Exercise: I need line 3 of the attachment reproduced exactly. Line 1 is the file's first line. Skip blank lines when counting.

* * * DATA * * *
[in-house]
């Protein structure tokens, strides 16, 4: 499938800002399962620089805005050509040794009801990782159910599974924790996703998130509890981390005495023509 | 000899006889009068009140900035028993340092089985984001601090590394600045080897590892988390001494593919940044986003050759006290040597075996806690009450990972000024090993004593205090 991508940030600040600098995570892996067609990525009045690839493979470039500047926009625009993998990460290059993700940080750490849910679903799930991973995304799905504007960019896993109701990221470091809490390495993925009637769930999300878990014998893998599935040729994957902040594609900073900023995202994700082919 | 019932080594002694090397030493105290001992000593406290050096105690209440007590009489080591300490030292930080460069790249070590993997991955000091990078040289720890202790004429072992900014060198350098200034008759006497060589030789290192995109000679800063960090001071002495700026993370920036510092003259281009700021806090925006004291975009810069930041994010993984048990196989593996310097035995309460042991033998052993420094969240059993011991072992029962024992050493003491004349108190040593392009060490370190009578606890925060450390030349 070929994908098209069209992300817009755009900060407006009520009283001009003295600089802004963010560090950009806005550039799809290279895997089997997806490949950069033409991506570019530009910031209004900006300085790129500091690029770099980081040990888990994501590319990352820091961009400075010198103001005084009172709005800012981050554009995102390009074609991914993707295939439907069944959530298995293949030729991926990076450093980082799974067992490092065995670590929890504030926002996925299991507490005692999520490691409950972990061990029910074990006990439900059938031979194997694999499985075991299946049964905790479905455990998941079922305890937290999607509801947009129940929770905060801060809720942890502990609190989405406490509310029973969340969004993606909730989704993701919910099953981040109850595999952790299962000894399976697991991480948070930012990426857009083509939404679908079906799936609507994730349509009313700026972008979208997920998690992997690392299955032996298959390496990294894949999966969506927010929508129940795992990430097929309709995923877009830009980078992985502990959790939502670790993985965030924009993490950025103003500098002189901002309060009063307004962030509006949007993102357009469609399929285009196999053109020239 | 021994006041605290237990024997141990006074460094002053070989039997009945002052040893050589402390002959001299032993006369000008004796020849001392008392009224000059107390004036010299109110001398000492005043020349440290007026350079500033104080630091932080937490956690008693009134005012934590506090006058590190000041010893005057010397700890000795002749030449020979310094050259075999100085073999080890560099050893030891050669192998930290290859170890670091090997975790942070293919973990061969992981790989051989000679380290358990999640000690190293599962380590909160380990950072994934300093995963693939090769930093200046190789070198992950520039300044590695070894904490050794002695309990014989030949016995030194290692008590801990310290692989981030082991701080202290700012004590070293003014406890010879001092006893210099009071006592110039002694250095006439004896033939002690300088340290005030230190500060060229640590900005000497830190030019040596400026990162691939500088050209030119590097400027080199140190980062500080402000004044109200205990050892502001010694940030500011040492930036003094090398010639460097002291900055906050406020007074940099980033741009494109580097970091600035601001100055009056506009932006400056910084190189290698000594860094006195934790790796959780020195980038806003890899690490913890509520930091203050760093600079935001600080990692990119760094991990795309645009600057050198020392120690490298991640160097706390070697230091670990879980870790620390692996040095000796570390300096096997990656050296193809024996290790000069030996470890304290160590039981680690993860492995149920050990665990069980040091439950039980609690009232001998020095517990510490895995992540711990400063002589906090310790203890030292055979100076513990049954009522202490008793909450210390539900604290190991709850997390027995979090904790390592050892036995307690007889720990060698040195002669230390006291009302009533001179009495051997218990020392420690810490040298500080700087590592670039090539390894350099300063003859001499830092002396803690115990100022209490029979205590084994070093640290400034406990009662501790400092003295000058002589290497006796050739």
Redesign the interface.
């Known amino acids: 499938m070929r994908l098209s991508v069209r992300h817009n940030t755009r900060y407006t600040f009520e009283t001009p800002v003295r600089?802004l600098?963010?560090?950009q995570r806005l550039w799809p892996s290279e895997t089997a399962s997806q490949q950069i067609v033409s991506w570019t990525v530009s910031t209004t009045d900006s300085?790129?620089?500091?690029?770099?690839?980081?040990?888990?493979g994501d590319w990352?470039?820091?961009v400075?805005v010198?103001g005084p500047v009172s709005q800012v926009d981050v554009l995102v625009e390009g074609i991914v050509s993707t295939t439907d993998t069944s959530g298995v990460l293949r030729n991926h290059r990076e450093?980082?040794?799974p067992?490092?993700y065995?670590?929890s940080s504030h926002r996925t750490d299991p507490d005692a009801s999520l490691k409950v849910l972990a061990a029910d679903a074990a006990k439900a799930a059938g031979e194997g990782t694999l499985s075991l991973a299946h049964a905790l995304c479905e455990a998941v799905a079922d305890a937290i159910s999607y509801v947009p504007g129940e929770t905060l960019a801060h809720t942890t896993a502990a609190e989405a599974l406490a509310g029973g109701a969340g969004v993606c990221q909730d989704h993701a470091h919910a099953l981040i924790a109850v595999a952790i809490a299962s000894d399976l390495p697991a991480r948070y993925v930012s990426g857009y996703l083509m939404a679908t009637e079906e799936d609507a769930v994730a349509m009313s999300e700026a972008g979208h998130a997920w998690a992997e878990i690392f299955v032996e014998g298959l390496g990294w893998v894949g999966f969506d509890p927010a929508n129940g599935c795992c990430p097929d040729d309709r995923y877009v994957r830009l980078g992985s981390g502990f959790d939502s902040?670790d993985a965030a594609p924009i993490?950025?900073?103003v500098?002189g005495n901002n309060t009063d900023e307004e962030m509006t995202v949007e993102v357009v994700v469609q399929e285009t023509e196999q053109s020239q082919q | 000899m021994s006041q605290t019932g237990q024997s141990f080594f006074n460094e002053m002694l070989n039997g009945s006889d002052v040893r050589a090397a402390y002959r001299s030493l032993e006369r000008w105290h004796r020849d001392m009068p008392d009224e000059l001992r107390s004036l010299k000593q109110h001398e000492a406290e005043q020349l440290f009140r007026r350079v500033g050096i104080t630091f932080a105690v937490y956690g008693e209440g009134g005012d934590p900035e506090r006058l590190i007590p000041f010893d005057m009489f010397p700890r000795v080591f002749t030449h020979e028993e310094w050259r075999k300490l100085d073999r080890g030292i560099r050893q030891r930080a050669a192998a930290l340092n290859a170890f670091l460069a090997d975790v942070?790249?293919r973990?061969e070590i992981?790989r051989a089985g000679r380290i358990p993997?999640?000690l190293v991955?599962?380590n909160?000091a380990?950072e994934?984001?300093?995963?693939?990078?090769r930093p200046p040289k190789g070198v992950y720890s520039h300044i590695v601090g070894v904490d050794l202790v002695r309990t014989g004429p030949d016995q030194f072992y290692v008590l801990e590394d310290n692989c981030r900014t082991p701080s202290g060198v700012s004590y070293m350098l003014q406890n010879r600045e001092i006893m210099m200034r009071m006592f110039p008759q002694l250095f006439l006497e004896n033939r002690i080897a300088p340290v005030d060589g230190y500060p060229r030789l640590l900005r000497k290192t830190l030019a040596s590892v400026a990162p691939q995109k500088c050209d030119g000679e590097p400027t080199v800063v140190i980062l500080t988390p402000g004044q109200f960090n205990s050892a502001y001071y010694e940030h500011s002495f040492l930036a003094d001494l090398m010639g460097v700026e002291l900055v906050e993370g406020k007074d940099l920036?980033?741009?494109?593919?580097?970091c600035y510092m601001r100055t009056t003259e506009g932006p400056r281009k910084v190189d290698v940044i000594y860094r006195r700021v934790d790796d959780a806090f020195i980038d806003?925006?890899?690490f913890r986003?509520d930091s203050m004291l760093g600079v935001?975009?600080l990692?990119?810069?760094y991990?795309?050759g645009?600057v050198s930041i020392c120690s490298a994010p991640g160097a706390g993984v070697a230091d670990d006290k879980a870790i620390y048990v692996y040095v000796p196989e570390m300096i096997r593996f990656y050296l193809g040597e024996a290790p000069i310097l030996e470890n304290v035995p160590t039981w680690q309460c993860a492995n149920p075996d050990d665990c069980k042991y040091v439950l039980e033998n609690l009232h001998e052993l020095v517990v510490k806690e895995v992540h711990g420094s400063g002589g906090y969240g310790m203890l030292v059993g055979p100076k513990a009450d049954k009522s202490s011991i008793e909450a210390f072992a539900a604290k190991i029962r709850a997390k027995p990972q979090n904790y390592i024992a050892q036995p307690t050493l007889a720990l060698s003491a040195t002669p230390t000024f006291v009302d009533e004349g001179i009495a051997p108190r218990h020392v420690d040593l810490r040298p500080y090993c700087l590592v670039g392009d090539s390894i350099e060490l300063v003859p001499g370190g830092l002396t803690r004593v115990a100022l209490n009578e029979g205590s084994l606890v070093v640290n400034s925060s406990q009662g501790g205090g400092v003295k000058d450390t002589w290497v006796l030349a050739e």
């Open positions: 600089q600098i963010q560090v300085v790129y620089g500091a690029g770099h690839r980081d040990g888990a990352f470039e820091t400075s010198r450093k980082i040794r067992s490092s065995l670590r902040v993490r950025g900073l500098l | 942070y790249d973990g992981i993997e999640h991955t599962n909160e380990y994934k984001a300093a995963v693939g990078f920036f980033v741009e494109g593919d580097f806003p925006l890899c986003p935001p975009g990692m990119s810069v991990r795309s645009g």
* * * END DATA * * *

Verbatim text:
Redesign the interface.